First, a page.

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11

Regarding your order management issue, every order should have a unique identifier that the user can reference; in FIX, this is the ClOrdID. The parameters of every order the user requests should be stored in a table keyed by this identifier. If your goal is to prevent duplicate orders from going out, consider having a trade volume limit per each symbol. ...


8

The "price protection" refers to RegNMS in the US. A stock exchange that does not have the best price must route all order flow to the exchange that does. The SIP in the figure is a consolidated feed that lists the best price among all exchanges. Consider this example: a broker sends a market order to buy JNJ to NYSE where the best offer is \$86.97. ...


6

The "correct" way is the way best suited to your trading. Regardless as to your data structure of choice, you have to maintain a list of all orders active on your book. That's because subsequent messages reference Order ID and you have to look up the corresponding order to determine the price level being acted upon. Given that you have to maintain a ...


6

Approaches like FIFO and LIFO are most useful for tax accounting. If you don't have a tax accounting reason to do them, I'd recommend avoiding them, as they don't reflect actual realized gains (it's very rare for a position accounting system to move cash in and out of your account based on FIFO or LIFO). I'm going to discuss everything here in Gross of ...


4

I'll add my own experience here based on what we do at our firm, simply to provide more support for what Brian said in his answer. Fills that move a position further away from 0 contribute to the average price of the position. Fills that move a position closer to 0 "book profits" against the average price of the position to that point in time. Any fill ...


4

Louis's answer hints at the problem. Most market-data feed formats only use the order's reference ID for cancel, replace, or execute; they do not list the symbol or side. So you'll need a way to look-up the particular order by ID alone just to make adjustments. You can aggregate by price if your application requires it, but just know that the "level book" ...


3

What I've done in the past is create an OnOrderSubmit event/method that fires when an order is placed. Use set a semaphore in that method so that your tick/analytical method ignores order placement instructions until an execution occurs or a timer expires. Then flip the semaphore. (If you're using multiple threads you want to make sure to serialize access ...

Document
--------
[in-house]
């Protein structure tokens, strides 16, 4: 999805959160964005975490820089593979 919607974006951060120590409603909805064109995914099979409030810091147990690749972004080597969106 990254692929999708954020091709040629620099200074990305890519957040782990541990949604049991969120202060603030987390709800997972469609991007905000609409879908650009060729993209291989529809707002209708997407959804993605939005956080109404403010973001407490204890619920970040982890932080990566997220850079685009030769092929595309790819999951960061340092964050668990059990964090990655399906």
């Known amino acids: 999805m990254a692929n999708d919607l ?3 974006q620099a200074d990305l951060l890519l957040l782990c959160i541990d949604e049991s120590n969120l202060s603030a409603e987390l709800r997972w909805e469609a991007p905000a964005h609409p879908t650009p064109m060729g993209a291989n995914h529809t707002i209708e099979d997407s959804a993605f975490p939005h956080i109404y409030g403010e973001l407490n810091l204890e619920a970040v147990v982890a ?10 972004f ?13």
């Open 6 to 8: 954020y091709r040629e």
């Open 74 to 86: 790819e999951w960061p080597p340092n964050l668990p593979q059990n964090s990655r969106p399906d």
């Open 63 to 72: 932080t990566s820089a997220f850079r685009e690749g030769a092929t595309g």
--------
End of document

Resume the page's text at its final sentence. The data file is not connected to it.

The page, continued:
3

Instead of sending orders each time condition is met, try to set "wanted holding" in the trade logic thread. Trade execution will then make sure (issue sufficient number of orders) to achieve your wanted holding.... For example, the first time signal happens, you sent wanted holding to 100 shares the next time it happens you only confirm that you want 100 ...


3

If I understand correctly the TCP roundtrip time can be used as a posteriori proxi for the order entry gateway delay. So assuming the roundtrip time is composed of gate delay and independent other delays $RTT_g(t) = dT_g(t) + d_g(t)$ with assumed $Cov(dT_g,d_g)=0$ and $Cov(d_i,d_j)=0$. Minimizing the this combination of gate delay and other delays is ...


1

Optimal value of n should be calculated based on how much amount you want to invest in that decision, that can be for example 200 000 of base currency, and minimum order size is 10 000 of base currency then you should have 200 000 / 10 000 = 20 orders in my opinion that are targeted at hotspots where is most single price points inside interval. EDIT: When ...


1

I have never implemented an order book, but I don't see immediate benefits from this aggregation. If you merge the volumes, then during the actual execution you'll have additionally to take into account that these orders came from different market participants. This seems to add additional complexity to your implementation. From the point of view of market ...


1

Yes. You're right that queue position is less important in a pure pro-rata market. But in a market that is very deep, such as Eurodollars, the cost of getting adversely selected ("catching a falling dagger") is huge (very large bid/ask spread). So it is critical to cancel any open orders quickly when the price is about to move.


1

Market markers still have to consume market data. The techniques required to scale a live order book in real-time will be the same regardless of the intended use case. So while the strategies will be different from what we know as HFT (and even the participants different), the systems in use will be very similar.



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